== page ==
Senator Bukola Saraki
Former President of the Senate, Sen. Bukola Saraki, has advised outgoing governors to avoid unnecessary influence on their successors after leaving office on May 29.
The former governor of Kwara gave the advice at a farewell dinner for outgoing governors organised by the Nigeria Governors Forum (NGF) on Sunday in Abuja.
Saraki, former chairman of the forum also advised governors-elect not to allow people around them to push them into frosty relationship with their predecessors.
“Outgoing, governors please from June 1 you are no longer governors; please allow your successors to do the work they have to do.
“Let them call you when they want your advice. For those that are coming, those around you will always want you to have a `head-on’ with your predecessors.
“It is a big mistake. It is unnecessary. Challenges ahead are beyond that,’’ he admonished.
While congratulating outgoing governors for successfully completing their tenures, Saraki also advised them to continue to play their roles in nation building.
“It is important that you play your role because this country needs everyone across all political parties.
“As you bow out as governors, you are going into a phase that is different and challenging. Brace up for challenges ahead. Spend more time with your families,” Saraki advised.
The former Senate president also advised incoming governors to start planning for their legacies from Day One in office.
“I pray and hope you will not be a governor for the sake of being a governor. You will be a governor that will impact on the people.
“Plan for those four or eight years and keep on challenging yourselves everyday to make an impact,’’ Saraki said.
In his remarks, former Gombe State governor, Alhaji Ibrahim Dankwambo also urged outgoing governors to avoid meddling in the affairs of their successors.
Dankambo urged incoming governors to begin to prepare for retirement as soon as they took office.
“Prepare for visits from the EFCC, ICPC and the Nigerian Financial Intelligence Unit which may ask some questions that need answers,’’ he cautioned.
In her submissions, Deputy Secretary-General of the UN, Hajiya Amina Mohammed, said states must be made to work for their people.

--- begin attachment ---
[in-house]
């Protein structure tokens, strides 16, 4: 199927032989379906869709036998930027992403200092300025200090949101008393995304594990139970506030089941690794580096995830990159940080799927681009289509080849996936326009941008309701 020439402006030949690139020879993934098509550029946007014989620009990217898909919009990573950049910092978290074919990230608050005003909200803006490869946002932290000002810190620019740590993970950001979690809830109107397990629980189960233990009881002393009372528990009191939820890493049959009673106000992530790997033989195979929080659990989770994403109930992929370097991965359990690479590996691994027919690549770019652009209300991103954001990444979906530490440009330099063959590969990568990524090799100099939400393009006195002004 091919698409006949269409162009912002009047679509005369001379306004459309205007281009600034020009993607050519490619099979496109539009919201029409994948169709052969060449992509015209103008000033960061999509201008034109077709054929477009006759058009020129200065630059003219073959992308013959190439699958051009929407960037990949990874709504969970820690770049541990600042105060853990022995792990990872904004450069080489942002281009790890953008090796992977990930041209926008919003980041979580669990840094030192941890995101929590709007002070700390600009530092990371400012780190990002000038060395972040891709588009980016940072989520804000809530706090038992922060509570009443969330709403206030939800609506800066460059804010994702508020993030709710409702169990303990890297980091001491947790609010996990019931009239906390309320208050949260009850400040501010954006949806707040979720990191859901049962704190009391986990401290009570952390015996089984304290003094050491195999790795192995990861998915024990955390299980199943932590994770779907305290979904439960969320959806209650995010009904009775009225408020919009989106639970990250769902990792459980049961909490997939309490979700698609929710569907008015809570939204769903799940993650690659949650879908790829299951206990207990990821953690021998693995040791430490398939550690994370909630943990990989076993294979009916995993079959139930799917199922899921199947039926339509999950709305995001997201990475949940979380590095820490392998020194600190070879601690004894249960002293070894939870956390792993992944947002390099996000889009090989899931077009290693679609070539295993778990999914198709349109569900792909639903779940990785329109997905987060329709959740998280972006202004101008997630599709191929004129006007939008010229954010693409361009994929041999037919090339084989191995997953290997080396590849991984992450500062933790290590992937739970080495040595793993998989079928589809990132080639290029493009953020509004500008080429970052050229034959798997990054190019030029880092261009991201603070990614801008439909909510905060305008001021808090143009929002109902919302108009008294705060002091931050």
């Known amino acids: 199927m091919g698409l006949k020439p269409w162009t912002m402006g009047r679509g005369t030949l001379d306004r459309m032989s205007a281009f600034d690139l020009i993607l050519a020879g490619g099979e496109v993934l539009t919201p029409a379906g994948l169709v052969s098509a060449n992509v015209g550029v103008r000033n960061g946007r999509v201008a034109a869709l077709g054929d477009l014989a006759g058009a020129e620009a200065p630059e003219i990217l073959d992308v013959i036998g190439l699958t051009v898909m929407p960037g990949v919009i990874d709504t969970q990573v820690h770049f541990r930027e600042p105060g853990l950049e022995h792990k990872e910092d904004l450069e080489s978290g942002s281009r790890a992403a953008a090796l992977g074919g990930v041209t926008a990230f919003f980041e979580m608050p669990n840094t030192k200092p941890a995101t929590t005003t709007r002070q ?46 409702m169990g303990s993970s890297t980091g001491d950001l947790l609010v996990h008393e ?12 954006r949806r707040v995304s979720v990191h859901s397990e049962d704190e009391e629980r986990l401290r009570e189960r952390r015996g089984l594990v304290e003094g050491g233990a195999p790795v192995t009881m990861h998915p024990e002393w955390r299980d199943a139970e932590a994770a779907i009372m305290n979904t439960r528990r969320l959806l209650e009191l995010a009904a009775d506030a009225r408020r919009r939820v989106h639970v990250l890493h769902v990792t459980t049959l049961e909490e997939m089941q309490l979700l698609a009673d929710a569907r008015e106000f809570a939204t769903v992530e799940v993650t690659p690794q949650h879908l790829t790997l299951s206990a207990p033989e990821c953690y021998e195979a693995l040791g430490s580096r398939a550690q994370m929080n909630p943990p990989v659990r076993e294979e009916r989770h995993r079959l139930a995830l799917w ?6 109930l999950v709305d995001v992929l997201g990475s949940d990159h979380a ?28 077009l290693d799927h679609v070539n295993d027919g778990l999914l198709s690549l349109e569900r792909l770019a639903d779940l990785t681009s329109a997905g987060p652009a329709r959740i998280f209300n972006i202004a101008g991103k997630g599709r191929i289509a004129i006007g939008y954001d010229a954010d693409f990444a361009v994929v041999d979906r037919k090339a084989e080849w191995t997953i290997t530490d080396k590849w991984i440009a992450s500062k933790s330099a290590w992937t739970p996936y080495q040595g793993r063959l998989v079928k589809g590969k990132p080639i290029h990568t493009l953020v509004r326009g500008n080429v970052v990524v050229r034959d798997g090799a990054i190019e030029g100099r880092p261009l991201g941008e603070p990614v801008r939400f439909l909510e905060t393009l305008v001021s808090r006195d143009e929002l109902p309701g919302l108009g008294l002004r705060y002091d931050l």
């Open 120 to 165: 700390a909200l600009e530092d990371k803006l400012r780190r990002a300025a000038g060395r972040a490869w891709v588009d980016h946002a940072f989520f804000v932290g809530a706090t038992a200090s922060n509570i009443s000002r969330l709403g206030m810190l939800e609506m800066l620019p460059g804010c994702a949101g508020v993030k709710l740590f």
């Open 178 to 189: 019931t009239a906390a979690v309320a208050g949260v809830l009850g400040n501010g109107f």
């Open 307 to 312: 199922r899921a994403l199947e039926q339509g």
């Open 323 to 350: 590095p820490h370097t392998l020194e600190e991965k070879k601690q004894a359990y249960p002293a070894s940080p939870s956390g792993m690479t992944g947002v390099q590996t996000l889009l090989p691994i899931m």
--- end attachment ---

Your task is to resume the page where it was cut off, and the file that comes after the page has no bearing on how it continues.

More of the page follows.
“Nigeria cannot be great without the states. We know that we don’t have strong foundations but through hard work, this country can be better,’’ she said.
She called for partnership and deliberate policies to empower Nigerian women, noting that they did not have lesser brains compared to their male counterparts.
Former governor of Niger, Alhaji Babangida Aliyu, advised the governors-elect to give priority to programmes and projects that impacted on the people.
He also advised them to shun those pledging to help them to loot the treasury.
“Some people will come to tell you that this is your opportunity; don’t listen to them. A former governor who made that mistake is now walking the streets,’’ Aliyu said.
He also advised incoming governors to ensure they were accessible because being a governor does not confer superior intelligence.
“Get something to do to augment your income. Don’t always stay at home. Be active. Don’t allow your brain or physical body to sag,’’ Aliyu stressed.
One of the highlights of the dinner was the launching of a book entitled: “Common Ground (Leading Charge at the Subnational”) authored by former forum president, ex-Gov. Kayode Fayemi of Ekiti State.
Earlier in his opening remarks, chairman of the forum, Gov. Aminu Tambuwal of Sokoto State, said the event was to appreciate the outgoing governors and welcome the governors-elect.
Tambuwal said the book launched at the event would help the governors-elect in developing their plans and implementing them.
“Fayemi championed this and all our incoming governors will benefit from it,’’ Tambuwal said